Dan Franklin: [00:12:42] And it's possible that that's what Paul is saying but if you read Exodus 33 and 34, that idea is nowhere in there. And so it would have to be sort of a special insight from Paul that that was Moses's motivation. It seems like there might be something else going on because there's a different way to understand that word end both in English and especially in the Greek. We don't talk this way a lot anymore, but the word end can mean the final part of something, but it can also mean the purpose of something. Like, I don't know if you talk to your kids this way, but if you're a parent and your kid does something and you can't believe they did it, you might say, why did you do that? To what end was that action? And it could be great to do that as a parent because your kid might look at you really confused, but you'll sound sophisticated. To what purpose, to what end is this being done?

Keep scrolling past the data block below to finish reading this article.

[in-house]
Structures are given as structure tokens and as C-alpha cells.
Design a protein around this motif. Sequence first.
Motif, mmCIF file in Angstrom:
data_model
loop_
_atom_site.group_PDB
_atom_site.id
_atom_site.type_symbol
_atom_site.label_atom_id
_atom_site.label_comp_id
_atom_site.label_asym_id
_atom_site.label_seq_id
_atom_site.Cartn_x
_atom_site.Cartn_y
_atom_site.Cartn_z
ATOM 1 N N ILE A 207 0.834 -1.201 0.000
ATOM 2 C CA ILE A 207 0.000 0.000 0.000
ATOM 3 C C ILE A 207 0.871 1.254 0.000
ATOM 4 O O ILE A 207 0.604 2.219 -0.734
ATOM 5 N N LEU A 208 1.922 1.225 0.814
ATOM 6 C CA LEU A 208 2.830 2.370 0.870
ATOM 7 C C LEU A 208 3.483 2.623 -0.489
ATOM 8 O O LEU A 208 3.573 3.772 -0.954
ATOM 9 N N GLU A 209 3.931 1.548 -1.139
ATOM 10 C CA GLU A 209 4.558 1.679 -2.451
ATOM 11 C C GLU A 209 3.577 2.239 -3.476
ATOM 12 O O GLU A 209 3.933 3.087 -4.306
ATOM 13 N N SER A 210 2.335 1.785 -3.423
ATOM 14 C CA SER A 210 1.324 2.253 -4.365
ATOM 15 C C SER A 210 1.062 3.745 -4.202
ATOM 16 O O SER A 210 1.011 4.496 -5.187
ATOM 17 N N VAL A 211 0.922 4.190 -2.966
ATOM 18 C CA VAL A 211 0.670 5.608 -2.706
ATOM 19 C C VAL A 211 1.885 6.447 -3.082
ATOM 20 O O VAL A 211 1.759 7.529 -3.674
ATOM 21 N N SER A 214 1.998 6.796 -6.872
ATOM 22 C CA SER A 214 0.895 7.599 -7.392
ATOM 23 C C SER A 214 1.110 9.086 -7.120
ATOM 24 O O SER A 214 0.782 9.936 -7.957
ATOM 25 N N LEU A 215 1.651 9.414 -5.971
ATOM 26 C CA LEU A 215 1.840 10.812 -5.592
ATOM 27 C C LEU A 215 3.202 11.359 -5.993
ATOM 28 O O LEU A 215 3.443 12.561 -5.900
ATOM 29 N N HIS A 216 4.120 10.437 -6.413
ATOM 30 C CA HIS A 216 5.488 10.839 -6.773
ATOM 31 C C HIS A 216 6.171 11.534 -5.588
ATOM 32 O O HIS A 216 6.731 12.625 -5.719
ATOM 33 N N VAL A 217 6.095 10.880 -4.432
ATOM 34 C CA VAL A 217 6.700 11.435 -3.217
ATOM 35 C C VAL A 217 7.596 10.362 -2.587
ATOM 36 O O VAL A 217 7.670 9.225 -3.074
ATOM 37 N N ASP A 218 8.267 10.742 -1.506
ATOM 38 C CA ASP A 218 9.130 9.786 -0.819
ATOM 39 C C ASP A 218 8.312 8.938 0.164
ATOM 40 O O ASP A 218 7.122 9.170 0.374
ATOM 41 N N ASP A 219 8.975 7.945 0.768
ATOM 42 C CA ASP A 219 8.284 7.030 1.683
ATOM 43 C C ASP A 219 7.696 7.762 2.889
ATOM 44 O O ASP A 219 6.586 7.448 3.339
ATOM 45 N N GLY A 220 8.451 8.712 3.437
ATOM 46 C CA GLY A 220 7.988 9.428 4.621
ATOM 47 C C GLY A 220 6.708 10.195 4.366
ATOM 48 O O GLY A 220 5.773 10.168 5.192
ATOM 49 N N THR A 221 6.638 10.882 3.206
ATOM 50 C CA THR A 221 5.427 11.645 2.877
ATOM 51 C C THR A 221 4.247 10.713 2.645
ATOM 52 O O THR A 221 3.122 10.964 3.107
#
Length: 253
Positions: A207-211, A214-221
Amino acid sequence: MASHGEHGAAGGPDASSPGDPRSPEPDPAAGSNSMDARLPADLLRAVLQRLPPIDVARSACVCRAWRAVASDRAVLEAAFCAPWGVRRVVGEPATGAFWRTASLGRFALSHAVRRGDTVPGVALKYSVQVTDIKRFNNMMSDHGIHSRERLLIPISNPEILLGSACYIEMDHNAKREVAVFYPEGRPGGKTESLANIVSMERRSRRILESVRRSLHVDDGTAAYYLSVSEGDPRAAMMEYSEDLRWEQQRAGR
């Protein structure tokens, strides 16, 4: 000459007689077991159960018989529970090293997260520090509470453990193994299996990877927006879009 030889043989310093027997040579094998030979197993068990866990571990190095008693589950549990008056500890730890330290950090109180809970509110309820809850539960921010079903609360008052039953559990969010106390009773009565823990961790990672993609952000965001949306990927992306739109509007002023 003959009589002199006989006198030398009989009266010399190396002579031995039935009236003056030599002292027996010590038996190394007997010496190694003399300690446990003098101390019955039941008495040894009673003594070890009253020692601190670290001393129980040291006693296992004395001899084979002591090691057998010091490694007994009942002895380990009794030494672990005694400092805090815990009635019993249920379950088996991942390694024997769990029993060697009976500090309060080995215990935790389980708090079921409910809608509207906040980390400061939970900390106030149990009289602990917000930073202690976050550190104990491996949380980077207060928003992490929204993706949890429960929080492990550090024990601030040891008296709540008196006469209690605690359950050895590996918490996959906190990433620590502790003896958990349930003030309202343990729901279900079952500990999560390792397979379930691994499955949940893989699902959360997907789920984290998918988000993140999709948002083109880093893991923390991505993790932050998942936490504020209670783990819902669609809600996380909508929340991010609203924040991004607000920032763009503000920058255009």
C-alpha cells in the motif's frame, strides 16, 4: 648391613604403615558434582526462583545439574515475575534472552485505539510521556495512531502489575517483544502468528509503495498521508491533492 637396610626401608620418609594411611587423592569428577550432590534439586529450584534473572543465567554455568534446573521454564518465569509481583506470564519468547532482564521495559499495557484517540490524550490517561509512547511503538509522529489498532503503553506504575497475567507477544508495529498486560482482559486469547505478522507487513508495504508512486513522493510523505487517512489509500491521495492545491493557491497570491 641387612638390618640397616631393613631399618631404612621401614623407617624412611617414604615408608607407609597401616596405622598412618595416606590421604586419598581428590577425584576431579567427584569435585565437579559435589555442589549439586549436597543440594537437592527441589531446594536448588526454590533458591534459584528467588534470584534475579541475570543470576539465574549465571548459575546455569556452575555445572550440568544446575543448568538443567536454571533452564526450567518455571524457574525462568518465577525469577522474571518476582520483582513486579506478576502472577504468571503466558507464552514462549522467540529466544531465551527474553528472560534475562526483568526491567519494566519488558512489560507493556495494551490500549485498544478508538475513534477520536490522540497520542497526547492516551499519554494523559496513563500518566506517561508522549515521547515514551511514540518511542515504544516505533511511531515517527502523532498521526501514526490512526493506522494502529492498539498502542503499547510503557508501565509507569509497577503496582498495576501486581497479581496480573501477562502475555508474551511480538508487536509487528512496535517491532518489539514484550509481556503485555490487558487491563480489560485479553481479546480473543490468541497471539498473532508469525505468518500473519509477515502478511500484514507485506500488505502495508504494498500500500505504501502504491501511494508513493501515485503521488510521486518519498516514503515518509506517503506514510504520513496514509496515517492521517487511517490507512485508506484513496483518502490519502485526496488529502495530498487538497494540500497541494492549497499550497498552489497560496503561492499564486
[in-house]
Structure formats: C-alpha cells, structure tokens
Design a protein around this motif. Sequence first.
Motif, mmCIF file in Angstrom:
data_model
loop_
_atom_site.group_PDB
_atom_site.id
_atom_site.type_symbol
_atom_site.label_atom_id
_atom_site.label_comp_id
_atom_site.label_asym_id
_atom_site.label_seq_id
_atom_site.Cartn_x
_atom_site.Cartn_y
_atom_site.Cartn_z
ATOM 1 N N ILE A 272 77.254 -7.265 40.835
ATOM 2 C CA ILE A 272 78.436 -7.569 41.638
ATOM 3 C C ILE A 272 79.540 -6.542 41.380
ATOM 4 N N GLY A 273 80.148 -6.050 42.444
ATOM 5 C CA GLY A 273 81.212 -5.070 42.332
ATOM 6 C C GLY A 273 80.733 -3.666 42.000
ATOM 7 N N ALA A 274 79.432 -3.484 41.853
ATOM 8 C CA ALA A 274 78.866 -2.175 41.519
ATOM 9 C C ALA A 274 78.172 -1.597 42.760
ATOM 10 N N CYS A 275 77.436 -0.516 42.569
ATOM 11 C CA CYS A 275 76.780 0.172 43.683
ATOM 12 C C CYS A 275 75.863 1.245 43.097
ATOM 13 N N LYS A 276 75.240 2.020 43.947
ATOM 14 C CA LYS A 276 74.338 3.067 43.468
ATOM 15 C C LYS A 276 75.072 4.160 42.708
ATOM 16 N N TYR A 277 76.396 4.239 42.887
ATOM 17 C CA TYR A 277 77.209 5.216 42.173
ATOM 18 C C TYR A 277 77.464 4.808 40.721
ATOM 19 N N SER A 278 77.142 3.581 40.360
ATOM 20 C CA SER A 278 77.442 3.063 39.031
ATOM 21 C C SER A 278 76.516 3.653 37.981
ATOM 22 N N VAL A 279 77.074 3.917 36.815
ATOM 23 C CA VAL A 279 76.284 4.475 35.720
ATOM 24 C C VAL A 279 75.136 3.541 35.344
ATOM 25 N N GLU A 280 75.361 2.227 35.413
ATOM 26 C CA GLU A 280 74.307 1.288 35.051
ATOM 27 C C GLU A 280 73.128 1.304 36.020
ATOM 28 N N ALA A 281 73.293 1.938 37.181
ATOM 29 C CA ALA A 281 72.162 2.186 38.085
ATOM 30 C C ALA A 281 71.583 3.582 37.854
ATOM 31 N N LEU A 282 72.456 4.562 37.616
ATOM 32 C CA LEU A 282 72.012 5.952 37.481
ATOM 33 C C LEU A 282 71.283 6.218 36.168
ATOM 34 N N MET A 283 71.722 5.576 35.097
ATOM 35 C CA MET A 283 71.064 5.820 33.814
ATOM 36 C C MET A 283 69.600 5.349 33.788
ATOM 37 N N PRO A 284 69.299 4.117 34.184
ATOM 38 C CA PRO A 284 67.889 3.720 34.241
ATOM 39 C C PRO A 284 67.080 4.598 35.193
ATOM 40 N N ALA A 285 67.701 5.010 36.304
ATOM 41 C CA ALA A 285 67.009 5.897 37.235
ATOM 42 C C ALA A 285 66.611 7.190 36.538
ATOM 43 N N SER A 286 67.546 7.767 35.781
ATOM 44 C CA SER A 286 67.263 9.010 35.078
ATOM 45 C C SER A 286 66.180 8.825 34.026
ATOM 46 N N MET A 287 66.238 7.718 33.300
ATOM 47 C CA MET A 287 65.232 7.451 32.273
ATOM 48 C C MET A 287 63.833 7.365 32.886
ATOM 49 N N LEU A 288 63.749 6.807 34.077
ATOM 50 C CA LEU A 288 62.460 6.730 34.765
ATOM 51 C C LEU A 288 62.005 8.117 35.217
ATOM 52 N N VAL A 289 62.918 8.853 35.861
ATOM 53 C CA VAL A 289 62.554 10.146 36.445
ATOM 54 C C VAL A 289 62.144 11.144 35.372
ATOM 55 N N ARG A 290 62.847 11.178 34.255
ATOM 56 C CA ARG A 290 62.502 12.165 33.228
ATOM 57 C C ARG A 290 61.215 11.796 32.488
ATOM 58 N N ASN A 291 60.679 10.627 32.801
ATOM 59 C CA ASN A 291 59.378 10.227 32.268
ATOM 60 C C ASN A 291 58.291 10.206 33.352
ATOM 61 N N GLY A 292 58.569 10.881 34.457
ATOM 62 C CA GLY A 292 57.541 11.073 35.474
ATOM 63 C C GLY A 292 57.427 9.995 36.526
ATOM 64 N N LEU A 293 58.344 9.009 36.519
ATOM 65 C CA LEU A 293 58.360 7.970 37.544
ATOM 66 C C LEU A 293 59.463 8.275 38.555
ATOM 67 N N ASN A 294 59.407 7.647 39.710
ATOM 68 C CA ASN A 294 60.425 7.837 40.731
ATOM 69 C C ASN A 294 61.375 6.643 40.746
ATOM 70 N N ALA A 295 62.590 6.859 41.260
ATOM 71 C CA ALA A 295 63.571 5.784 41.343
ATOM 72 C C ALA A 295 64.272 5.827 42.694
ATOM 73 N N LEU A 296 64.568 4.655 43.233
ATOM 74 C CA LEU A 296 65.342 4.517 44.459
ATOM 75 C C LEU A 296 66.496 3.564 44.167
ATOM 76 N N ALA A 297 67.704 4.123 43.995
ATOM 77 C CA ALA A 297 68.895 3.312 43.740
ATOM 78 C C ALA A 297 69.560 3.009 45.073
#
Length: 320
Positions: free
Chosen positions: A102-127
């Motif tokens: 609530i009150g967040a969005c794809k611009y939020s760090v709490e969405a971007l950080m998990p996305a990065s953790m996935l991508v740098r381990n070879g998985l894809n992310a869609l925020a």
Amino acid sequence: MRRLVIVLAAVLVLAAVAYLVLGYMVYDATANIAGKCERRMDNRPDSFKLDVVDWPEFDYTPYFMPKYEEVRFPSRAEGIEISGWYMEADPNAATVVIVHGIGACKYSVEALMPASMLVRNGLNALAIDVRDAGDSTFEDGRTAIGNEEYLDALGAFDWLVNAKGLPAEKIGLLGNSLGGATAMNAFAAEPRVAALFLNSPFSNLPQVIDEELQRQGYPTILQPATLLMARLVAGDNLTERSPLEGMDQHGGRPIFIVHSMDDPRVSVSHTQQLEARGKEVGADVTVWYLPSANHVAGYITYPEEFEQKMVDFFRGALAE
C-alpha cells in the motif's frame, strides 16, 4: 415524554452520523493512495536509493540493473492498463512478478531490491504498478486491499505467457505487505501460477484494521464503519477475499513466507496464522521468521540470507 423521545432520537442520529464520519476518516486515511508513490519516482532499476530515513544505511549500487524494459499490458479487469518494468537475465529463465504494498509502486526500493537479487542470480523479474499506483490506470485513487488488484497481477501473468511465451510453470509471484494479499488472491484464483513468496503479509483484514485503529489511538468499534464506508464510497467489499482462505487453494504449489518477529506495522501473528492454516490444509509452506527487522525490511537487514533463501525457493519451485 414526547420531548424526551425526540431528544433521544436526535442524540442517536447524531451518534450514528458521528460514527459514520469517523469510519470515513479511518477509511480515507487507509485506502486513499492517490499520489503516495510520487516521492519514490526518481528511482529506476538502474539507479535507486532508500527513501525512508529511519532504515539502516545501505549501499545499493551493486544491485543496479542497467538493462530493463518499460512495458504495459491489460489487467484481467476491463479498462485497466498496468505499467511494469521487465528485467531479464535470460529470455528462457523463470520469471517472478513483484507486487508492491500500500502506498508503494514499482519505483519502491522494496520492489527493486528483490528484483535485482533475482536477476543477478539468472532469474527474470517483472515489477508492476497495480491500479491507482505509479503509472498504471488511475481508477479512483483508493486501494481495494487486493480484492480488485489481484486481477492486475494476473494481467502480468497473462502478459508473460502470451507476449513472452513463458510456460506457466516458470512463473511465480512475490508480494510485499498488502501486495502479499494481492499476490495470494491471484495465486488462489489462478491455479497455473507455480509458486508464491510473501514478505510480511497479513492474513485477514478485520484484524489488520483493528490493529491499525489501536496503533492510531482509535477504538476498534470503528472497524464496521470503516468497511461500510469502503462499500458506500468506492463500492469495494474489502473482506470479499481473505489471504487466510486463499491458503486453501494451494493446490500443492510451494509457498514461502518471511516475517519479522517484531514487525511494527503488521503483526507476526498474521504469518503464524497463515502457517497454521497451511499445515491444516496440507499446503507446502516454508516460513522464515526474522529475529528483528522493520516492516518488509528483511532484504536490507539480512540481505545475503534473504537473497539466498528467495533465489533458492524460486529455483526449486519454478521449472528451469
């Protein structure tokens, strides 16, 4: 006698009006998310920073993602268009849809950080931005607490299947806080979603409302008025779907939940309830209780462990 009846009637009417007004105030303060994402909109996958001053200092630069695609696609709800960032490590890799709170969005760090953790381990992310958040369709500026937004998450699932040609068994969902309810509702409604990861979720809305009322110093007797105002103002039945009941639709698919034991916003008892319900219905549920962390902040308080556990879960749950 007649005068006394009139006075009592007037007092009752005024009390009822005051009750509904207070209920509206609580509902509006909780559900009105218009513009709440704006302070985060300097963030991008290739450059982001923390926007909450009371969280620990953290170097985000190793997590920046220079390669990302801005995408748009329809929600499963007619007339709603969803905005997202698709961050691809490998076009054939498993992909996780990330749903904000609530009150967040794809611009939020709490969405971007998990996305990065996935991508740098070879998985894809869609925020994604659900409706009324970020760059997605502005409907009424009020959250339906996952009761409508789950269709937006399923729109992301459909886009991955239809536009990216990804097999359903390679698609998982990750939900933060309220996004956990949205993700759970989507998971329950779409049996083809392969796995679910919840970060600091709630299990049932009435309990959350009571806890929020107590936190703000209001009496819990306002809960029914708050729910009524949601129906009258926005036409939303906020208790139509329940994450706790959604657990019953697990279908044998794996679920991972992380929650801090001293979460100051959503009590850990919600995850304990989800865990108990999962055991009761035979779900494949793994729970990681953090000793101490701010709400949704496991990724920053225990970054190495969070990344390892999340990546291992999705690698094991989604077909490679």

Dan Franklin: [00:13:35] It's possible, and a lot of scholars think this, and I think that they're probably right. It's possible that what Paul is saying is that the veil actually kept the Israelites not from simply seeing the last parts of what was fading away but kept them from seeing the purpose of what was fading away. And we'll see this as we get to the next verses, but a big part of what's going on here seems to be that the Israelites, as great as it was to receive this message from God through Moses, they misunderstood why it was given in the first place. They made the mistake of thinking that it was a covenant that was always going to be there, instead of a covenant that had its purpose but eventually was going to fade away. In fact, the fading of Moses' face, Paul uses it almost as a parable for the fading glory of the law and of the old covenant. That it's good, it's something good and given from God, but it's more like the opening act, and you're waiting for the headliner to come out.